That, at least, is what is suggested by the new bill being proposed in the Senate, which would require the CIA and the Pentagon to assess the national security risks of global warming. The bill would require that these agencies spend time figuring out which areas would be "at highest risk of humanitarian suffering and assessing the likelihood of wars erupting over diminishing water and other resources."

Let's take a quick breather here, shall we? Let us first consider that global warming as a dire trend hasn't been confirmed at all, as pointed out by the article by MIT Professor Richard Lindzen in the latest Newsweek. Then let's consider that we are currently at war in the Middle East and that a large group of people wish we were all dead.

And a new national military priority is based on the vague idea that the world is about to erupt into civil war due to a little-proven scientific theory? The CIA must spend energy tracking this problem over tracking terrorists?

The logic is baffling.

Update: A humorous response from Ugly Naked Guy.

Sad News for Model Train Fans

My husband collects LGB model trains... Today comes the sad news that Allen Drucker, owner of Allied Model Trains of Los Angeles, has sold the business after 32 years.

Allied Trains has been in existence since 1946 and will continue under new ownership at a new location across the street from its current address. The current building is a mini replica of L.A.'s Union Station.

(Hat tip: L.A. Observed.)

Thompson Has Non-Hodgkin's Lymphoma

Former Senator Fred Thompson has disclosed he has non-Hodgkin's lymphoma, a form of cancer.

Senator Thompson said, "I am in remission and it is very treatable with drugs if treatment is needed in the future." He added the disease should not affect his life expectancy.

My best wishes go to Senator Thompson for continued successful treatment.

Three of the leading Republican candidates have been treated for cancer. How Senator Thompson's health will factor in to his decision remains to be seen.

Former Senator Bill Frist has posted that he believes this disclosure indicates that Senator Thompson is serious about running for President.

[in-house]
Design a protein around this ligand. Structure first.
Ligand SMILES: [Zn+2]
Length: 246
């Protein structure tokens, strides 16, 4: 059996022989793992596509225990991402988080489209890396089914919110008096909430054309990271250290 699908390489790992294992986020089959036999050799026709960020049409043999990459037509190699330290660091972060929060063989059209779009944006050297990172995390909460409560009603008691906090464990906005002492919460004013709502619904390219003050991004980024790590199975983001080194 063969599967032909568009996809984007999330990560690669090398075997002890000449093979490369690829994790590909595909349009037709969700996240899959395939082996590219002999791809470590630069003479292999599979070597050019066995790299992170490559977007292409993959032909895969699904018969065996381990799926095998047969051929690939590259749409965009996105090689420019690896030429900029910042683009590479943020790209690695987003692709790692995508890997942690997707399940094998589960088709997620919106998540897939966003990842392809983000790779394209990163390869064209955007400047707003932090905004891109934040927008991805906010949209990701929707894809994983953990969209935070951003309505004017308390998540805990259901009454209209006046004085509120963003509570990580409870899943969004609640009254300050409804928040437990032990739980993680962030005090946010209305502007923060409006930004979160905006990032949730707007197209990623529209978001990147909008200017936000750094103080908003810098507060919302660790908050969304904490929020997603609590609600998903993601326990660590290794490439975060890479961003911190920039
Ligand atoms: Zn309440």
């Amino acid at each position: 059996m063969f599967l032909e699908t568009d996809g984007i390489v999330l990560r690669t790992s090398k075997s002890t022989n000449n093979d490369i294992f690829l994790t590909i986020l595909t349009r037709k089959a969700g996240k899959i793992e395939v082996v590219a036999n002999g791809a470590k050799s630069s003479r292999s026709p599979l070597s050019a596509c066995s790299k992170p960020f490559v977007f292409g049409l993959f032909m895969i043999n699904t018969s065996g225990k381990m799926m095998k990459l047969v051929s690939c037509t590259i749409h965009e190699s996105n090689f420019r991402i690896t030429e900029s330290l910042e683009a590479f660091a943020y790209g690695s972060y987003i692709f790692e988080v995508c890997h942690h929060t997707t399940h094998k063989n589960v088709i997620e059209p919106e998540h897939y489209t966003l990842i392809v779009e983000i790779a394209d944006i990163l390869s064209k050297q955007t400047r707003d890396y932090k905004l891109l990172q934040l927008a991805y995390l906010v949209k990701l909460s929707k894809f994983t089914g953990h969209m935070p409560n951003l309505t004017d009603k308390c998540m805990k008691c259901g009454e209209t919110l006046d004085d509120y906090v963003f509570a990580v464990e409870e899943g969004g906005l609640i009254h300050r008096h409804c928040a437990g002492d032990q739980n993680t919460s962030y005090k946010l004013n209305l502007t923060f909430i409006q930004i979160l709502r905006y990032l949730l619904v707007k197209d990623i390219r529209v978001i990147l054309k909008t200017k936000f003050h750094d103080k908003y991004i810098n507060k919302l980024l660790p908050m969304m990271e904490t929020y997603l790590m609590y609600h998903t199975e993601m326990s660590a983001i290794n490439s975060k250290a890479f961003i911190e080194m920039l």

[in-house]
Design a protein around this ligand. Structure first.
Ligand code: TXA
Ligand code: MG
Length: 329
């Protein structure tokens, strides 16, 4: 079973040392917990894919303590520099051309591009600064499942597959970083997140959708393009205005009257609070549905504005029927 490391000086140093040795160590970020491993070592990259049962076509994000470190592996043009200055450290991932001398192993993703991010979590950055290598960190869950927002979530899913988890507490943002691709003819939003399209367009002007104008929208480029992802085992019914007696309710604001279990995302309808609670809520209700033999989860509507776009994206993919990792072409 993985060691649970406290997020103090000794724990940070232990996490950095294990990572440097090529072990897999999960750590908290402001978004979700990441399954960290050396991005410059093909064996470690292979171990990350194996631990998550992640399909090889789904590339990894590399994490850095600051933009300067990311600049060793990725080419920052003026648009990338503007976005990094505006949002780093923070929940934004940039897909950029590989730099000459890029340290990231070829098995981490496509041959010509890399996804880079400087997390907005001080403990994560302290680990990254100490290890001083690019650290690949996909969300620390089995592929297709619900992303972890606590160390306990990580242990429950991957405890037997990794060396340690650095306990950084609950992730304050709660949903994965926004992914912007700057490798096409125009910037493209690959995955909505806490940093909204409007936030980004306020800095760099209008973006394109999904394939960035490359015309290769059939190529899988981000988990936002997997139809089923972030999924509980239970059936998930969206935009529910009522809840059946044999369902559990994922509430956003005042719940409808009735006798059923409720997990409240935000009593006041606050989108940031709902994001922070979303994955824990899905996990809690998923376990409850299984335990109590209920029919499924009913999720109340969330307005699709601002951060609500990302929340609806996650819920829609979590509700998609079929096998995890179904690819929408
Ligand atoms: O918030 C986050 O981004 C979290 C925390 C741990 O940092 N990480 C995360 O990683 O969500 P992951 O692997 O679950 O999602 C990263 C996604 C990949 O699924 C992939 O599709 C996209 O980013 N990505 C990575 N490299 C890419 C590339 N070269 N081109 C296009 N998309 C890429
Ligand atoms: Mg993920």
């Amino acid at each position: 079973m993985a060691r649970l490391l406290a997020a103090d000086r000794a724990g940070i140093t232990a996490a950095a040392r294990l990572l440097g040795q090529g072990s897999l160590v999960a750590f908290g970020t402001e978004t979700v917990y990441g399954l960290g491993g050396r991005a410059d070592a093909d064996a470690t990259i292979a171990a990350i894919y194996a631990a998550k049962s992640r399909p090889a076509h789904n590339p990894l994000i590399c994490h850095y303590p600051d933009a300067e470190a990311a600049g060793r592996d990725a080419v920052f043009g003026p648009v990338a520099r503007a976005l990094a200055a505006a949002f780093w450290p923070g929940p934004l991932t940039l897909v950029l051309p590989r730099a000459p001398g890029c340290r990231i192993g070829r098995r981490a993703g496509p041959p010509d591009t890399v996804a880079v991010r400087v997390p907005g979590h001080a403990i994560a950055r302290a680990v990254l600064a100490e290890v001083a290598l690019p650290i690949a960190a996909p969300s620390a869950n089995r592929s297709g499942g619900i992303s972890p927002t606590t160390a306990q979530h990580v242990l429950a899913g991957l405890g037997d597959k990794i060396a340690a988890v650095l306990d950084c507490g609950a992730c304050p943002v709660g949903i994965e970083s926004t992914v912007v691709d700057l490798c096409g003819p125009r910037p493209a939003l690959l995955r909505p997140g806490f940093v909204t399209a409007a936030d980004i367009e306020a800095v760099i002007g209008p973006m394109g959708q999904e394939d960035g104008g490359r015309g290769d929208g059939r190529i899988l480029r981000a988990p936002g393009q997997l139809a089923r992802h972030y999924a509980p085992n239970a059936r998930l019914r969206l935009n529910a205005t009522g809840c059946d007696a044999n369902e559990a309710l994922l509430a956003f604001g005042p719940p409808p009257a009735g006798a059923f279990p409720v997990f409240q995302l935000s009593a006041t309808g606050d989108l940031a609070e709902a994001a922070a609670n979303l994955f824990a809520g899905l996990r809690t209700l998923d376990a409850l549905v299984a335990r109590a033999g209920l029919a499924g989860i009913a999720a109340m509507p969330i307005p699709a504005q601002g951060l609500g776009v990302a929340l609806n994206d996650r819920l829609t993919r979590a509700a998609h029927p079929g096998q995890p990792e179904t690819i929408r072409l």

Update: Paul Mirengoff of Power Line live blogged Thompson's appearance on Sean Hannity's radio show this afternoon.

Tuesday, April 10, 2007

President Bush and the Border

Rich Lowry has written a thought-provoking column about President Bush's attitude toward the southern border and immigration policy.

"Not all incremental progress is equal in the eyes of President Bush. When it occurs in Iraq, it is a sign that we need to forge ahead despite all difficulties. When it occurs on our southern border, it is deemed insufficient and a sign that — to use a favorite GOP phrase — we need to settle on a “surrender date” on immigration enforcement.

"And Bush wants to do it just as increased enforcement — like 'the surge' in Baghdad — is showing tentative signs of progress...

"On the one hand, it touts the success of increased border patrols and occasional workplace raids, because it realizes, politically, that it has to be seen as trying to enforce the laws. On the other hand, it argues that enforcement can’t possibly work, so we have to adopt an amnesty and guest-worker program.

"The rational response to the promising signs from enforcement would be to do more of it, and to avoid undercutting its early success."

As a postscript, I've read a number of letters to the editor in various newspapers in recent weeks about our nation's broken system for legal immigration, which leaves those attempting to follow our laws in limbo for years, at a great financial cost. I'd very much like to see the President and Congress focus on improving our legal immigration system, rather than adding a new amnesty and/or guest worker program to the already unmanageable immigration bureaucracy.

P.C. Alert: Hot Cross Buns Banned

Political correctness has reached new heights (depths?) at a British hospital, which refused to allow traditional hot cross buns to be served to patients on Good Friday. According to employees, the catering department manager didn't want to offend non-Christian employees, and so instead decided to offend Christians, not to mention those who simply enjoy a nice treat.

Catering staff emailed a newspaper complaining of the ban.

A hospital spokeswoman, however, claimed the missing buns were simply an "oversight" and that they hadn't been ordered in time. The buns were served on Easter Monday.

Nigella Lawson's recipe for hot cross buns can be found here. The recipe is also featured in her book FEAST.

It's the Contempt

John Hinderaker of Power Line, commenting on today's L.A. Times column by Jonah Goldberg, asks "Why Not McCain?"

Hinderaker writes: "Most conservatives share my indulgence toward Giuliani and Romney, but, for some reason, hold McCain to an entirely different standard."

I can tell you that one of the chief reasons McCain doesn't receive the same "pass" is the level of contempt he regularly expresses towards those with whom he disagrees.

Giuliani calmly communicates "Reasonable people can disagree" about certain issues, but McCain thumbs his nose at conservatives.